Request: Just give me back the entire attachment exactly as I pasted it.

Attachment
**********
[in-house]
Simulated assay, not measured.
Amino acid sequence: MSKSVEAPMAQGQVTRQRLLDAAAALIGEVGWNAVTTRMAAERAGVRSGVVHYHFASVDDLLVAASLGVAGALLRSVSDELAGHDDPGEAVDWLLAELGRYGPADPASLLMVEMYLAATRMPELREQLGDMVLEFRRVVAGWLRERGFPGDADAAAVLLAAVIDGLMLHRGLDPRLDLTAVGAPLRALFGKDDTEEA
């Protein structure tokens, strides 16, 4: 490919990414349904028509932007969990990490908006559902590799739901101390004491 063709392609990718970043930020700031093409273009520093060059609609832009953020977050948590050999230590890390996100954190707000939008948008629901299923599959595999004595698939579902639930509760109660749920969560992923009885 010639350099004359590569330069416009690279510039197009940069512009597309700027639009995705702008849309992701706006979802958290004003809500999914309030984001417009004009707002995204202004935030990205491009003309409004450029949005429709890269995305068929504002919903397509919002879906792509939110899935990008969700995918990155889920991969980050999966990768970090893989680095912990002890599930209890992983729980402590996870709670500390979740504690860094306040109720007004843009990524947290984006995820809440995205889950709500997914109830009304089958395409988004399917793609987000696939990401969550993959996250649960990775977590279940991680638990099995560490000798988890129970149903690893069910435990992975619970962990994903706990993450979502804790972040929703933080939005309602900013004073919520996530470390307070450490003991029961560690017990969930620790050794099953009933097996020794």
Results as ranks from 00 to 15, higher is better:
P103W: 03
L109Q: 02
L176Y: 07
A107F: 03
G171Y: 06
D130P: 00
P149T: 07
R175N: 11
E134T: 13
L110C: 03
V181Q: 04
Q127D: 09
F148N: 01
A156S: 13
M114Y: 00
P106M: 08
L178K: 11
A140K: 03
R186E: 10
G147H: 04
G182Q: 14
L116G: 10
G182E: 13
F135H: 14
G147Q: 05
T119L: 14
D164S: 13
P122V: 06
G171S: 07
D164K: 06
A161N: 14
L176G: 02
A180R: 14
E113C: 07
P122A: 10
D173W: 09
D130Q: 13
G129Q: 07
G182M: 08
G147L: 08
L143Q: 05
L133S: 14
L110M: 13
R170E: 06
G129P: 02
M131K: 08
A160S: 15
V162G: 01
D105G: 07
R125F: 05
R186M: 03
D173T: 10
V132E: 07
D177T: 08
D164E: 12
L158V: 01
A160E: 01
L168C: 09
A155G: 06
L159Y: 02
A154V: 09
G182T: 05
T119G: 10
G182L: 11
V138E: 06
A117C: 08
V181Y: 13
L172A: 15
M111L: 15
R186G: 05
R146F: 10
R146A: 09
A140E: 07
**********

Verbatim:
[in-house]
Simulated assay, not measured.
Amino acid sequence: MSKSVEAPMAQGQVTRQRLLDAAAALIGEVGWNAVTTRMAAERAGVRSGVVHYHFASVDDLLVAASLGVAGALLRSVSDELAGHDDPGEAVDWLLAELGRYGPADPASLLMVEMYLAATRMPELREQLGDMVLEFRRVVAGWLRERGFPGDADAAAVLLAAVIDGLMLHRGLDPRLDLTAVGAPLRALFGKDDTEEA
């Protein structure tokens, strides 16, 4: 490919990414349904028509932007969990990490908006559902590799739901101390004491 063709392609990718970043930020700031093409273009520093060059609609832009953020977050948590050999230590890390996100954190707000939008948008629901299923599959595999004595698939579902639930509760109660749920969560992923009885 010639350099004359590569330069416009690279510039197009940069512009597309700027639009995705702008849309992701706006979802958290004003809500999914309030984001417009004009707002995204202004935030990205491009003309409004450029949005429709890269995305068929504002919903397509919002879906792509939110899935990008969700995918990155889920991969980050999966990768970090893989680095912990002890599930209890992983729980402590996870709670500390979740504690860094306040109720007004843009990524947290984006995820809440995205889950709500997914109830009304089958395409988004399917793609987000696939990401969550993959996250649960990775977590279940991680638990099995560490000798988890129970149903690893069910435990992975619970962990994903706990993450979502804790972040929703933080939005309602900013004073919520996530470390307070450490003991029961560690017990969930620790050794099953009933097996020794």
Results as ranks from 00 to 15, higher is better:
P103W: 03
L109Q: 02
L176Y: 07
A107F: 03
G171Y: 06
D130P: 00
P149T: 07
R175N: 11
E134T: 13
L110C: 03
V181Q: 04
Q127D: 09
F148N: 01
A156S: 13
M114Y: 00
P106M: 08
L178K: 11
A140K: 03
R186E: 10
G147H: 04
G182Q: 14
L116G: 10
G182E: 13
F135H: 14
G147Q: 05
T119L: 14
D164S: 13
P122V: 06
G171S: 07
D164K: 06
A161N: 14
L176G: 02
A180R: 14
E113C: 07
P122A: 10
D173W: 09
D130Q: 13
G129Q: 07
G182M: 08
G147L: 08
L143Q: 05
L133S: 14
L110M: 13
R170E: 06
G129P: 02
M131K: 08
A160S: 15
V162G: 01
D105G: 07
R125F: 05
R186M: 03
D173T: 10
V132E: 07
D177T: 08
D164E: 12
L158V: 01
A160E: 01
L168C: 09
A155G: 06
L159Y: 02
A154V: 09
G182T: 05
T119G: 10
G182L: 11
V138E: 06
A117C: 08
V181Y: 13
L172A: 15
M111L: 15
R186G: 05
R146F: 10
R146A: 09
A140E: 07